The zones become buried and are exposed to the heat of the Earth’s interior. Chemical reactions drive off oxygen bound in the structure of lipids in the matter, driving chemical conditions even more into the reducing. Deep burial also compresses the matter into smaller and smaller volumes, driving out water, salts and other impurities. The result is that, after plants have used sunlight to concentrate energy for storage and later use, but the use was never realized, the Earth takes that energy pool, moves it, concentrates it in one place – an energy deposit account, so to speak – isolates it chemically, buries it, heats it up and concentrates it even more both chemically and physically.
This is, of course, the generation history of fossil fuels, in their various manifestations: peat, lignite, bituminous coal, anthracite coal, petroleum oils and natural gas, the latter including natural gas liquids. It is this doubly concentrating processes of plants-animals and the Earth itself which make the modern world possible.
With just a little thought, it is easy to see that any viable energy source, in order to be useful at all, requires power generation from a concentrated form of energy. What is not as evident is that that concentration can come in two basic ways. The amount of energy available from any source, and consequently the amount of work which can be done with it, is a direct function of the magnitude of the concentration and it does not matter which form of concentration was in effect.
The two basic ways in which living organisms concentrate sunlight is that the sunlight is harvested/stored over long periods of time or across large geographic areas – concentration over time and concentration over space. In many instances, both types of concentration work together, with the result that the most energy packed fuels are those into which energy has been concentrated from a large geographic area over a long period of time. The more concentrated the energy is within a given volume of fuel, the more energy dense that fuel is (D = M/V). A given volume of fuel with high energy density can deliver more power than the same volume of a lower density fuel; for example: diesel fuel packs about 15% more energy into the same mass of fuel.
With the exception of nuclear, and geothermal, all sources of energy are ultimately solar-powered. That includes wind, water, solar (all three being direct sources of solar power), wood, bio-fuels and fossil fuels. Nuclear and Geothermal are not solar power sources, but are viable only because they have been concentrated by tectonic forces at work in the Earth over long periods of time and gathered from large geographic areas).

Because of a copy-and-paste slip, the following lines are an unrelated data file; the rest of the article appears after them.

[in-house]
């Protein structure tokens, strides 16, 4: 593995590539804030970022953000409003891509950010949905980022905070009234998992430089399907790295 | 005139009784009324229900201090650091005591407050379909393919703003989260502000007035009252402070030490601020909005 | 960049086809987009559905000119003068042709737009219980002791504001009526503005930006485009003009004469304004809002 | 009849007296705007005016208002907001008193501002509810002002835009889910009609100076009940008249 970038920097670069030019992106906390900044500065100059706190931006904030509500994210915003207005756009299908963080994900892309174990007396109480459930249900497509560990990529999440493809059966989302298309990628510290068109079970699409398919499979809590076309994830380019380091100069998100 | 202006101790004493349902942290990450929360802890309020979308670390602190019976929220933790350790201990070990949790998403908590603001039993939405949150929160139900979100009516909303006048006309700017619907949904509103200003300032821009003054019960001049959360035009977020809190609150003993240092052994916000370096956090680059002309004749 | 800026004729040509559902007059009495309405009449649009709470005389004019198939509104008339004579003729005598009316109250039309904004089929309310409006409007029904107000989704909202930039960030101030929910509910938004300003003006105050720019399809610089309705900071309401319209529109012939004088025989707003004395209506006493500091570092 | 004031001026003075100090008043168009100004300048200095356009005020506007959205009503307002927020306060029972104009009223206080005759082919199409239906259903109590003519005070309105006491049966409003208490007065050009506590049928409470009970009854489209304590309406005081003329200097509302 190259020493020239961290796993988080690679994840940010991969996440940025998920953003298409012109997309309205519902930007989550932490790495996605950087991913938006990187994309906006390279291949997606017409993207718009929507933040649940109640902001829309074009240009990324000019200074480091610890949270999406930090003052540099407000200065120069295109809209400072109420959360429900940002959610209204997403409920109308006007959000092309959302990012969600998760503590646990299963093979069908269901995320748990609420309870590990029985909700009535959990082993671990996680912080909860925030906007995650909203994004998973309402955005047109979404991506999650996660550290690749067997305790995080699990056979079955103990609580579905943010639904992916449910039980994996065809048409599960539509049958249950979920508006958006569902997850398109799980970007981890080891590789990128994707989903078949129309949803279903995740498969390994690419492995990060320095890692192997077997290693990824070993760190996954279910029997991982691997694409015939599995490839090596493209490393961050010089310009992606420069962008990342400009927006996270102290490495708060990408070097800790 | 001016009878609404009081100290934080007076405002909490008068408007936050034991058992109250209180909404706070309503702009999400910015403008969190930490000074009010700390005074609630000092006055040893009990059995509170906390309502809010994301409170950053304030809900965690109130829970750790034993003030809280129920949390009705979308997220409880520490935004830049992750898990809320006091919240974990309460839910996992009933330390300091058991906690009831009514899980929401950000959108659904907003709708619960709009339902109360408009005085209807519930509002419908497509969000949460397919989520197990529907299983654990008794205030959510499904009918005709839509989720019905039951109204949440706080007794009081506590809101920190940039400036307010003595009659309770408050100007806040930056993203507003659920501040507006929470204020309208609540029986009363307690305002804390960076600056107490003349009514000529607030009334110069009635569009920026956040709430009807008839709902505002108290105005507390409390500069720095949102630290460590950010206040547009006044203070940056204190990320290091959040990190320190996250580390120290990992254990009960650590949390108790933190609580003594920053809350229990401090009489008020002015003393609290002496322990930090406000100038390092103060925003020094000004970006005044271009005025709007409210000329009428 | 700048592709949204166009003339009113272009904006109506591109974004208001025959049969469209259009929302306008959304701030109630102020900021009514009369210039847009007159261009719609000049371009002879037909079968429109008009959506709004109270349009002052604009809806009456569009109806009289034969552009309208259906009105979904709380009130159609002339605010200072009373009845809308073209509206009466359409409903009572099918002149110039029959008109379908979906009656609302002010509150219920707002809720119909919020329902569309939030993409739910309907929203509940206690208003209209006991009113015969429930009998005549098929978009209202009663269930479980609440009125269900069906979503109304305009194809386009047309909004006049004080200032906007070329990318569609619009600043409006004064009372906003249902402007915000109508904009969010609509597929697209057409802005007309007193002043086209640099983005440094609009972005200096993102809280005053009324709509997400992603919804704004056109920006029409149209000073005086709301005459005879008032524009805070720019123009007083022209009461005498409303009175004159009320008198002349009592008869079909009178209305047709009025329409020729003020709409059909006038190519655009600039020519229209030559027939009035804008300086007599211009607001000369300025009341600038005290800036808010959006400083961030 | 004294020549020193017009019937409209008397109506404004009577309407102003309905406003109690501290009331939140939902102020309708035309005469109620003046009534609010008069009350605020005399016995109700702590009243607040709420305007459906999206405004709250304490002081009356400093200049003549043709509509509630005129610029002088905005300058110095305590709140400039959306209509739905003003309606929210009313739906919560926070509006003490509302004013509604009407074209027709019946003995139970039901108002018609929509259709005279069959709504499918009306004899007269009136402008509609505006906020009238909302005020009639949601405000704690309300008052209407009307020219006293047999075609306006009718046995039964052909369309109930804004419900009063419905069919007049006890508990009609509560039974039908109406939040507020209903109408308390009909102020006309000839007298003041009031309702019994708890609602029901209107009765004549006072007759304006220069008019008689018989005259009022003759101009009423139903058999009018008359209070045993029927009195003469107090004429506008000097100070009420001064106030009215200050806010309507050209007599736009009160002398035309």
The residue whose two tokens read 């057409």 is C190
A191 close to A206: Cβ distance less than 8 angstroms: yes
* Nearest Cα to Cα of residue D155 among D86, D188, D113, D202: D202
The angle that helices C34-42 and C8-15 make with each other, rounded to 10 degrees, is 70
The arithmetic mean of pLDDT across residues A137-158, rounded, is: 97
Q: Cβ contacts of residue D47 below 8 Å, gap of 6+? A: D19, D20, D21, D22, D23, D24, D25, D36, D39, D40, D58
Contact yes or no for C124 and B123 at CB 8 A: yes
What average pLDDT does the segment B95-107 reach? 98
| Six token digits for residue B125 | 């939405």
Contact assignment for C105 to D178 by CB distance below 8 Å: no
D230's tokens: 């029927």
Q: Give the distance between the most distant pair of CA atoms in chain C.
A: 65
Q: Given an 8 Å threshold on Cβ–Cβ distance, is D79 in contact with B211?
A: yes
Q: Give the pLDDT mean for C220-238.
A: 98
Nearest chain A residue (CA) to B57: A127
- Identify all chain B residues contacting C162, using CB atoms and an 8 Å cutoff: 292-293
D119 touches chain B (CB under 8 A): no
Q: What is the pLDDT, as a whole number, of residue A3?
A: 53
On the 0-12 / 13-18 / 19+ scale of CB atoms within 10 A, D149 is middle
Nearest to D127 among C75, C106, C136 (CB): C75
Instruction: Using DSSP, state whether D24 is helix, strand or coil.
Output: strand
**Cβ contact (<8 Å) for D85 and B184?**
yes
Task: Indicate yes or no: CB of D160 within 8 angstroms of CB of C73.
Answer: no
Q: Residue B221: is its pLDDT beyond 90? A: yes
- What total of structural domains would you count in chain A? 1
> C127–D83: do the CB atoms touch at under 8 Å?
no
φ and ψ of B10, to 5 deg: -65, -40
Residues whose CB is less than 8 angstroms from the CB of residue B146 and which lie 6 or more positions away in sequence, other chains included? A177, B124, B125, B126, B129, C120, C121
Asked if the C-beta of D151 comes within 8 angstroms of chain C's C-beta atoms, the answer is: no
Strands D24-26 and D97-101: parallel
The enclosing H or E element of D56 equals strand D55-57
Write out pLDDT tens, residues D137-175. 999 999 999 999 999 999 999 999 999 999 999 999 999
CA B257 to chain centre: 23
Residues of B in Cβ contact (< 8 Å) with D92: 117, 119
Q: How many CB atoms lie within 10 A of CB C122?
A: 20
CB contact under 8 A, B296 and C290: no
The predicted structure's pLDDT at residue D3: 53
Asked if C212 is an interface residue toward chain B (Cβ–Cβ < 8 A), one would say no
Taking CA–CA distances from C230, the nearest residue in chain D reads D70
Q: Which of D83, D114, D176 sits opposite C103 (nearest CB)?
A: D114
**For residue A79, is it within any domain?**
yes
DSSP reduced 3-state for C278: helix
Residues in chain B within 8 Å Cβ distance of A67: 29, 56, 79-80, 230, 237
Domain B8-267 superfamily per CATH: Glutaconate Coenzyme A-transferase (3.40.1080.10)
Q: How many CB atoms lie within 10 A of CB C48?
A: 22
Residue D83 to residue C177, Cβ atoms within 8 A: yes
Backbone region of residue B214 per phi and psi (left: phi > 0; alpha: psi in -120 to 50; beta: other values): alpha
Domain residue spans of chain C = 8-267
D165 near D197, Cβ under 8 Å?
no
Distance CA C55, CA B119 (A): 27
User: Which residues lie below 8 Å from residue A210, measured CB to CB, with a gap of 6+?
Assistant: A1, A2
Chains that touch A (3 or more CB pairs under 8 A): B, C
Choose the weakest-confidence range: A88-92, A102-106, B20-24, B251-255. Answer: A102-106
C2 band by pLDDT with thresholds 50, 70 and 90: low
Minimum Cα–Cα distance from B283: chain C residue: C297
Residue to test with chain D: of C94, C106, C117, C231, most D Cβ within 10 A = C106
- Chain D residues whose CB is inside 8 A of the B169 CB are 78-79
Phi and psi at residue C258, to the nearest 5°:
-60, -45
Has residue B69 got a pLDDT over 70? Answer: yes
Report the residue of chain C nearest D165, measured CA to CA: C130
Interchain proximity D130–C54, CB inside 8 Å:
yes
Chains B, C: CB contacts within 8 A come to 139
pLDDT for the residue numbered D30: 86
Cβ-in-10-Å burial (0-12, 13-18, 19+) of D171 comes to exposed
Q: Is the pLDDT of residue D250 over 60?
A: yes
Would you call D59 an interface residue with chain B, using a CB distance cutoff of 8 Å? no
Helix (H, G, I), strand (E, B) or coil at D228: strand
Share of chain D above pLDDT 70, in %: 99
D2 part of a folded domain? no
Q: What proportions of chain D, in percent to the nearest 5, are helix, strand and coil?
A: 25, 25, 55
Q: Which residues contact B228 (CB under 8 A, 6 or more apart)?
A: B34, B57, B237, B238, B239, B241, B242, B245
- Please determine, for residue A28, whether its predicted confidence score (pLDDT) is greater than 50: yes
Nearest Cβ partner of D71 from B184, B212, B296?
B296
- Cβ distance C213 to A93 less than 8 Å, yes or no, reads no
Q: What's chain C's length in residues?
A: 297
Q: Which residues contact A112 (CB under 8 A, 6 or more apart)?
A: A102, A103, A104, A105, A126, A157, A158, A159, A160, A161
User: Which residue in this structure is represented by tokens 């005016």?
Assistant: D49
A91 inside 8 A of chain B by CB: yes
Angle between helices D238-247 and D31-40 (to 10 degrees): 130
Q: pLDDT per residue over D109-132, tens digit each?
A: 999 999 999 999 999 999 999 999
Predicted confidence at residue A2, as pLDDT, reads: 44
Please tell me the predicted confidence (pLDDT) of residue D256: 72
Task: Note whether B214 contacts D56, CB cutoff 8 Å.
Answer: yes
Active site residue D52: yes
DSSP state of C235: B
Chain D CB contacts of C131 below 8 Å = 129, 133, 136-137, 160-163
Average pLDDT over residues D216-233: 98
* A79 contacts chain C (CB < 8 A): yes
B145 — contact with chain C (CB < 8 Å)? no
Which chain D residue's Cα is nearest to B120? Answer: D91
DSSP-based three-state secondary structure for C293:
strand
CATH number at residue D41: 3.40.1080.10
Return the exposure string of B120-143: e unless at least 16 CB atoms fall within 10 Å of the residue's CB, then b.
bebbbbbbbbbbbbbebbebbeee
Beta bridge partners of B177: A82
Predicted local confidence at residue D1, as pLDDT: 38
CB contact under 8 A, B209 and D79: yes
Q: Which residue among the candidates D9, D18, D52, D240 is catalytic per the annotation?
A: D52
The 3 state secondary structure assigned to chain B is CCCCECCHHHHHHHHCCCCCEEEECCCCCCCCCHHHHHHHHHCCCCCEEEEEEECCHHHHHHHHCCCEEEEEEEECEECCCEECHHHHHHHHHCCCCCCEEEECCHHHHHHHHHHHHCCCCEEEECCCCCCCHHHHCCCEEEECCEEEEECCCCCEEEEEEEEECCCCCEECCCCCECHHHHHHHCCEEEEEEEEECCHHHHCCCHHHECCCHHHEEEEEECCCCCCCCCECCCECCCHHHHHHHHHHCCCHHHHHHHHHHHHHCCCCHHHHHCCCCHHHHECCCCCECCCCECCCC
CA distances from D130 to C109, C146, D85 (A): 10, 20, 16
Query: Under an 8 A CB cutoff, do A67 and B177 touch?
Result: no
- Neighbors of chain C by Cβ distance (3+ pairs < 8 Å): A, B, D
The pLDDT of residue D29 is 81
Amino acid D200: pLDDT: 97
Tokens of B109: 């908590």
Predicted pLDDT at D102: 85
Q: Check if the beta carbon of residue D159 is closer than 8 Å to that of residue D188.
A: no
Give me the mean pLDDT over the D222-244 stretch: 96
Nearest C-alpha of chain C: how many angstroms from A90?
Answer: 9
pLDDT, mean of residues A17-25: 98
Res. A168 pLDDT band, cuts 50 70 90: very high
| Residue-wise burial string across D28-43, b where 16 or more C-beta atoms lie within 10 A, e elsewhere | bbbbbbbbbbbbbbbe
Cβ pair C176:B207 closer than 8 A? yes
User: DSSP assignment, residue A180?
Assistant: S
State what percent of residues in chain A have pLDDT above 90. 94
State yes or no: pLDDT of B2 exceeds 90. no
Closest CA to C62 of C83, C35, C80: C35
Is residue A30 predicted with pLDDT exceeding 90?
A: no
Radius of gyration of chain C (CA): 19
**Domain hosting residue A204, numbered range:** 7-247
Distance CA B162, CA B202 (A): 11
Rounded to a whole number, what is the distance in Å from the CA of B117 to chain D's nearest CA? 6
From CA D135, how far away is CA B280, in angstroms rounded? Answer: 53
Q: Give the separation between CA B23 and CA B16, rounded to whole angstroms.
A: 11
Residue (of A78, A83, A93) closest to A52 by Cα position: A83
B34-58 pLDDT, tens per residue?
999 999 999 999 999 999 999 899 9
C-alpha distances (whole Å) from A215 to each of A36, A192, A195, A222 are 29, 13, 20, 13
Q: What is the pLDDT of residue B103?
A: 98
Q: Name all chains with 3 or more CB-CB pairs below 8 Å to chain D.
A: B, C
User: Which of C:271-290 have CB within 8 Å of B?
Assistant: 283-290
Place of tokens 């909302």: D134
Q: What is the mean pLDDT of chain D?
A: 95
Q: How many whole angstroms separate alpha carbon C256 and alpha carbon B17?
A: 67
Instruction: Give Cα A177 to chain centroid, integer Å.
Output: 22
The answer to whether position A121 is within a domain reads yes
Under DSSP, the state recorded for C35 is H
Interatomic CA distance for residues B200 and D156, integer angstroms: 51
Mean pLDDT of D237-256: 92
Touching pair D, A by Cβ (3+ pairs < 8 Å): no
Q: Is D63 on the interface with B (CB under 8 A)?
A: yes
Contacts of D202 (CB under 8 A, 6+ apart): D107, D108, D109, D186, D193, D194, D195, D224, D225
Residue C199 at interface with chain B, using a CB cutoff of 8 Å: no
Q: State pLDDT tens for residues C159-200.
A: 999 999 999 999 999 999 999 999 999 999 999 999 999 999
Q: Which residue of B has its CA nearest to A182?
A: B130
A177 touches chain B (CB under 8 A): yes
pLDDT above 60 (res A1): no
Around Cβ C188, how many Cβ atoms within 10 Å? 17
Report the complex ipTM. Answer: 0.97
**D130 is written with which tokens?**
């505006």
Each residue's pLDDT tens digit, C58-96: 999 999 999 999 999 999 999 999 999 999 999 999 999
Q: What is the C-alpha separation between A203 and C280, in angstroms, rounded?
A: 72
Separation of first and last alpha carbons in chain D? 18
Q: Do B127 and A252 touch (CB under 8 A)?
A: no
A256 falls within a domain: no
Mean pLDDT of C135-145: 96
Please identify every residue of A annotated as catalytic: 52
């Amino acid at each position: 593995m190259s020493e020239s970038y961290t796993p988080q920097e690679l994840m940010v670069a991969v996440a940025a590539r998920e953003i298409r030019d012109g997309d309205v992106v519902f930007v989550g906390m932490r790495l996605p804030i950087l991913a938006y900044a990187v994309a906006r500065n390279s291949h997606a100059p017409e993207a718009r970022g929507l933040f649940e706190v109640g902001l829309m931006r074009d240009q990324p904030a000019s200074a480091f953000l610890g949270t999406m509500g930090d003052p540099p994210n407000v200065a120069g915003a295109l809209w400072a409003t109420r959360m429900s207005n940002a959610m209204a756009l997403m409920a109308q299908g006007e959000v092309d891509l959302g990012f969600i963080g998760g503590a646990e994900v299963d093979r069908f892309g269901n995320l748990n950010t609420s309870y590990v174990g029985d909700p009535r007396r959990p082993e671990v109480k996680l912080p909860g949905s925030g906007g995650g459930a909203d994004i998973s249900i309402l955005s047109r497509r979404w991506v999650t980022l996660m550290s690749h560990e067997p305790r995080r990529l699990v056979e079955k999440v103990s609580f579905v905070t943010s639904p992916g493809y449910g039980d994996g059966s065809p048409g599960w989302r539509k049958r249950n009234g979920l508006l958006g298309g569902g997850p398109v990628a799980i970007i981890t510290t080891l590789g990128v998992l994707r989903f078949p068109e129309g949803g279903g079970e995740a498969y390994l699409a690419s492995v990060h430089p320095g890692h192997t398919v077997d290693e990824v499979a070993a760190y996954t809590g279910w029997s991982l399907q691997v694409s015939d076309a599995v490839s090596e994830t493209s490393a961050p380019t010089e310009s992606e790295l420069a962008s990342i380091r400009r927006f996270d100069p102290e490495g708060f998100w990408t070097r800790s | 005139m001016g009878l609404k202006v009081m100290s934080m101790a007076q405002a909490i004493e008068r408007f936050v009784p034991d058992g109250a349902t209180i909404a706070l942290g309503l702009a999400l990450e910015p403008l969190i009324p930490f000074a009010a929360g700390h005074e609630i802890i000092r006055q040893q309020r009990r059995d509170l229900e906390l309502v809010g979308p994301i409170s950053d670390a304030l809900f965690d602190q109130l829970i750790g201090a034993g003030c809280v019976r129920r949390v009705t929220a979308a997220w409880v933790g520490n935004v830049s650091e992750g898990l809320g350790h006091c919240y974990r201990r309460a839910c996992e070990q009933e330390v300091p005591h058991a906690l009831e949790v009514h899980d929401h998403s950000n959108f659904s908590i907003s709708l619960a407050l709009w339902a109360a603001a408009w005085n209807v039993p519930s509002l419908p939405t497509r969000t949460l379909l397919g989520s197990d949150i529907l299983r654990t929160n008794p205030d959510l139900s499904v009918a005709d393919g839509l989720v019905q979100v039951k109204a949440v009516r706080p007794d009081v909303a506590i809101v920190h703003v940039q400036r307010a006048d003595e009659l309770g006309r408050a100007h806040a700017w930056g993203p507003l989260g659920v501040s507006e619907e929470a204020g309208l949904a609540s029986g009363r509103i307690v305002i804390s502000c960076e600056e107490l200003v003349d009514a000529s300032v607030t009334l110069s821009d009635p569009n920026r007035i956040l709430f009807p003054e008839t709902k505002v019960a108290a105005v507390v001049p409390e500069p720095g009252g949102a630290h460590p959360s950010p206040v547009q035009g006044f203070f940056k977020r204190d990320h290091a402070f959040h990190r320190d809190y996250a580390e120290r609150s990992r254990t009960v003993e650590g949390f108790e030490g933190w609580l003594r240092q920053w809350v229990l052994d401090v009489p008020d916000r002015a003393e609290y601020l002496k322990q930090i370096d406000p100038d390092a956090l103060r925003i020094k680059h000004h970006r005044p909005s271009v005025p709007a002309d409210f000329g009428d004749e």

Human societies have naturally gravitated toward the more energy dense fuels over time, which means that we have progressively moved to more concentrated forms of energy storage. That is, all human societies with the exception of the sub-set of modern western societies who adhere to the anti-fossil fuel school of environmentalism. This group of retrogressive, anti-civilization zealots is fervently campaigning, with too much success, for humans to revert to the power sources with the lowest concentration of energy of all those available.
The one thing which distinguishes humans from all other species is energy use; in particular, the use of concentrated sources of energy. Other species can and do use tools – many of them do. Therefore tool use is not a distinguishing characteristic.
Civilization took its first halting steps from absolute uncivilized existence when humans began using sources of concentrated energy to improve their ability to survive. In particular, when humans first harnessed the power of fire by burning wood.
At the root, firewood, no less than coal or petroleum, is a concentrated form of solar energy. In the case of wood, the concentrating autotrophs, trees, concentrated excess sunlight over a lifespan of a few decades, and the sunlight was harvested within the areal space encompassed by the large sunlight-gathering surface area presented by the trees’ leaves within the footprint of the tree’s individual canopy; a large area compared with the size of an average human.
Accordingly, firewood contains the concentrated excess solar energy from a modest area of a few thousand square feet collected over a period of decades and stored in the carbon-based cellulose wood fibres. The amount of energy available from the wood can not be more than the excess energy harvested and so stored. As a result wood produces heat sufficient to warm small living spaces, to cook food, boil water and provide similar domestic energy needs. Wood does not have the higher concentrations of energy which would, in more recent time, provide the power needed to accomplish more demanding tasks of traction, motive and mechanical power.